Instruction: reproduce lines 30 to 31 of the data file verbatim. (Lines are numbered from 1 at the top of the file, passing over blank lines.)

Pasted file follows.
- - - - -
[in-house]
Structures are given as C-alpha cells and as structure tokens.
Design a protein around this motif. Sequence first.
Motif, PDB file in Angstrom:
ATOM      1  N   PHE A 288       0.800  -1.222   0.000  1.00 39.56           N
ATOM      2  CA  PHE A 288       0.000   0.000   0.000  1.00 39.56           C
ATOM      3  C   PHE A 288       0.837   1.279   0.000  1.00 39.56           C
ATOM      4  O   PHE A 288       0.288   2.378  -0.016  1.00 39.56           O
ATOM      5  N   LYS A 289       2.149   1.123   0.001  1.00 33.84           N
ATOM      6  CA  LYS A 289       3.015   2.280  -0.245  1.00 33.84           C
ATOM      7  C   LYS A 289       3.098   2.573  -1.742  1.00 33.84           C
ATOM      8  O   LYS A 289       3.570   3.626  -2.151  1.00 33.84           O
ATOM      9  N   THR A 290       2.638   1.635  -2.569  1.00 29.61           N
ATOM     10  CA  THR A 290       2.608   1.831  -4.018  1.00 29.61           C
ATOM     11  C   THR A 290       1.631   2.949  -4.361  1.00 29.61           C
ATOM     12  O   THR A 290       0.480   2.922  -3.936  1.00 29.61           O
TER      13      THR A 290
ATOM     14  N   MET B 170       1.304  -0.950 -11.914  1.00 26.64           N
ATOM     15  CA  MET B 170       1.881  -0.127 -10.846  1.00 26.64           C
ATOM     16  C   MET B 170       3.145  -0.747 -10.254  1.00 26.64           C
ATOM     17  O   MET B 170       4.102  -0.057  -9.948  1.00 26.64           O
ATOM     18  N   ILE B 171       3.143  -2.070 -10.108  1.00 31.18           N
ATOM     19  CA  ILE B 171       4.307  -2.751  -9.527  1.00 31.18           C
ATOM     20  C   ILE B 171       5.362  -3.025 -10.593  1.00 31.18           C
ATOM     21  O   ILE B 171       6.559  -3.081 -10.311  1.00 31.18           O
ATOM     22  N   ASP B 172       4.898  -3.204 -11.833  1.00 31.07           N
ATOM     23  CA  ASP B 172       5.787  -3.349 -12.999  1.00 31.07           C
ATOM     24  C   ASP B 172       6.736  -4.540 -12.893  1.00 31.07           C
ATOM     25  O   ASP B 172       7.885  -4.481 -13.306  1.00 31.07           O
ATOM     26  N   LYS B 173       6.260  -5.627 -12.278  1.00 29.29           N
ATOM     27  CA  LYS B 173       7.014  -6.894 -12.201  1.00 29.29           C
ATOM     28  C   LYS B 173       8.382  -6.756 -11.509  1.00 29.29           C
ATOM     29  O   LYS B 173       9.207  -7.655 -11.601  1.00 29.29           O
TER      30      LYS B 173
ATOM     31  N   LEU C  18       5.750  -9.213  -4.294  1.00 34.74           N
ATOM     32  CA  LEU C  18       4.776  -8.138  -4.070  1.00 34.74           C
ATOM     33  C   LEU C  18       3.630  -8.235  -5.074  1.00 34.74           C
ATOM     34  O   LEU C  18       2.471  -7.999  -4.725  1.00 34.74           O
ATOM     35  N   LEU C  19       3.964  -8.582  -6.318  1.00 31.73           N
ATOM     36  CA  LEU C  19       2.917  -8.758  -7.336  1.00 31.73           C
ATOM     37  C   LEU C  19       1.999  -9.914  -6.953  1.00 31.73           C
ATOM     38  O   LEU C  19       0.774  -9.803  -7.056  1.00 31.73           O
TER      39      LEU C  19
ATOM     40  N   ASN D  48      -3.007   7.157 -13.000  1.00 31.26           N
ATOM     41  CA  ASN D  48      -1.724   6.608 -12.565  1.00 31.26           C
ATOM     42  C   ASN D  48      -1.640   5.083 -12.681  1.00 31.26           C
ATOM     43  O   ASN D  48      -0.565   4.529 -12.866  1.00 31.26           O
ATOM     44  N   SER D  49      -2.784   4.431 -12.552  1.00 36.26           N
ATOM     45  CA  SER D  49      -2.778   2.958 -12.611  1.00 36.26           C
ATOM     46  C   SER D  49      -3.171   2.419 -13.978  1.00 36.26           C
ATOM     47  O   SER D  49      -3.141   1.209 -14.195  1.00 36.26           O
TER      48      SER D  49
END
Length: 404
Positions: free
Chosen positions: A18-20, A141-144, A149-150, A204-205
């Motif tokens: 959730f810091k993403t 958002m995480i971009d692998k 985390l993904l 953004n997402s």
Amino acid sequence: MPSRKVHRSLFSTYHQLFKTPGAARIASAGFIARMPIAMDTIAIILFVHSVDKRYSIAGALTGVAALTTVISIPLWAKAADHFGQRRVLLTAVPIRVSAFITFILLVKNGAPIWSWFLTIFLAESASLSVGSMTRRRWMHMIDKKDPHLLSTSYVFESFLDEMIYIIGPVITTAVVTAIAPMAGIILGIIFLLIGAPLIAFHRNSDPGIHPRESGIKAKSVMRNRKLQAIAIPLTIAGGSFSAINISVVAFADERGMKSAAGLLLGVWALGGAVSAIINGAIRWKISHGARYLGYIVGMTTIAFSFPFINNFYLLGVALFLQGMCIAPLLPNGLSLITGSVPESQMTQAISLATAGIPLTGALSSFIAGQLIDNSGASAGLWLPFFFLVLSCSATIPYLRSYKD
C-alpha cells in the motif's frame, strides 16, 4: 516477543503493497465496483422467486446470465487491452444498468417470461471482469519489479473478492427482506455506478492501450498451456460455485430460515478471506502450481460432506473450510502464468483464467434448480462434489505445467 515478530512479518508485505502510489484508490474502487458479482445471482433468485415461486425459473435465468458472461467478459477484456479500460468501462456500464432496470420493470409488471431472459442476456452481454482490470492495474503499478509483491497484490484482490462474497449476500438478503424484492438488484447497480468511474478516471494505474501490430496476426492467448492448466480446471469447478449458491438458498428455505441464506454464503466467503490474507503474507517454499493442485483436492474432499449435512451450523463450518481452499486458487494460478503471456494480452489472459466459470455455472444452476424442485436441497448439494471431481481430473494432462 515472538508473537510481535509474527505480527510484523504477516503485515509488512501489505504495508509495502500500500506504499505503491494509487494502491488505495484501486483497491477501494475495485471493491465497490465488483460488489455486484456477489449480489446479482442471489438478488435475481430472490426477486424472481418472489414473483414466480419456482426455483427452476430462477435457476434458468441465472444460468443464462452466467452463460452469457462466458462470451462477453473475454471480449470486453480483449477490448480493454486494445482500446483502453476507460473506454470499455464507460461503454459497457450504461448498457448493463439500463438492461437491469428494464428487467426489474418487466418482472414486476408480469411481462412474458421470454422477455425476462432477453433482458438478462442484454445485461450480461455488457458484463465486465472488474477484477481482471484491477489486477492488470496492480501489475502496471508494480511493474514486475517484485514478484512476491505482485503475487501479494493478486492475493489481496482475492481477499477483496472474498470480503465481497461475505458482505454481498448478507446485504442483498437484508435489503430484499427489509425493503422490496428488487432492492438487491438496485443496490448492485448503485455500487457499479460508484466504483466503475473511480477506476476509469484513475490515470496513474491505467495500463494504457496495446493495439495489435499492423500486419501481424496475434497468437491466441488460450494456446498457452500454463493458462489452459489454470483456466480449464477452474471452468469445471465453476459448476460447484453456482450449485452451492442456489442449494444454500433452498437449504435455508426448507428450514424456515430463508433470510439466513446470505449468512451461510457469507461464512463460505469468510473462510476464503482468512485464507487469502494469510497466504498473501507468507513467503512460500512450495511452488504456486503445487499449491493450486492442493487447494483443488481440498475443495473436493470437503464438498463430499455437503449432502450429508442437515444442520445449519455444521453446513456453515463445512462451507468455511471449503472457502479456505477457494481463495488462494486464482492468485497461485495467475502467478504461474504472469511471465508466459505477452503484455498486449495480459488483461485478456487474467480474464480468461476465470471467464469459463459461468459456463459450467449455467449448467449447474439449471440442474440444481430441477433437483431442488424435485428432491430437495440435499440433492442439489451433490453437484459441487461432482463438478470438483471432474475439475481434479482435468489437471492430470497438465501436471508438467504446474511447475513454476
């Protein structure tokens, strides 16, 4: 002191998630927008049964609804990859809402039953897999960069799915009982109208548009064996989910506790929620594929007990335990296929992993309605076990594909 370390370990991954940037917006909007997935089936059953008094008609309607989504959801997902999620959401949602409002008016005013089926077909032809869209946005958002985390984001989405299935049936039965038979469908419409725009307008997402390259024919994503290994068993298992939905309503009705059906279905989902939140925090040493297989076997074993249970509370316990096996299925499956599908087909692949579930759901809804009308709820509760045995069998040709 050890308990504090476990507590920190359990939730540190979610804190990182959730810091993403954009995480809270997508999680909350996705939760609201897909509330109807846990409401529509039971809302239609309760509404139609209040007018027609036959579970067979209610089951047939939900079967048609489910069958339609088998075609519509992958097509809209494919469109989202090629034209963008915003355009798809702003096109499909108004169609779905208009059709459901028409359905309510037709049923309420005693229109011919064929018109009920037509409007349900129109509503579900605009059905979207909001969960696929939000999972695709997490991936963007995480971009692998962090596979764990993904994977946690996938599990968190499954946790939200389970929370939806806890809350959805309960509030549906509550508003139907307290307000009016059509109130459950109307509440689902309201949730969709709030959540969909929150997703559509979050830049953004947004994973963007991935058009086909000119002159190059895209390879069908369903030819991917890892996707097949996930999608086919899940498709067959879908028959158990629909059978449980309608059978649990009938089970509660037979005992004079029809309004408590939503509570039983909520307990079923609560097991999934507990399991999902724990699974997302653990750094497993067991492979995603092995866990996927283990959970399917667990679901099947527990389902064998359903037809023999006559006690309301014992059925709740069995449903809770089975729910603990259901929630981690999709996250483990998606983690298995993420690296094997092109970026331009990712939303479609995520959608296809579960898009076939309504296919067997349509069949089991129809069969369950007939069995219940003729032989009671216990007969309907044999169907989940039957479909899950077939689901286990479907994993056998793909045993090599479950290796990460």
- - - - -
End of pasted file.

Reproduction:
ATOM     26  N   LYS B 173       6.260  -5.627 -12.278  1.00 29.29           N
ATOM     27  CA  LYS B 173       7.014  -6.894 -12.201  1.00 29.29           C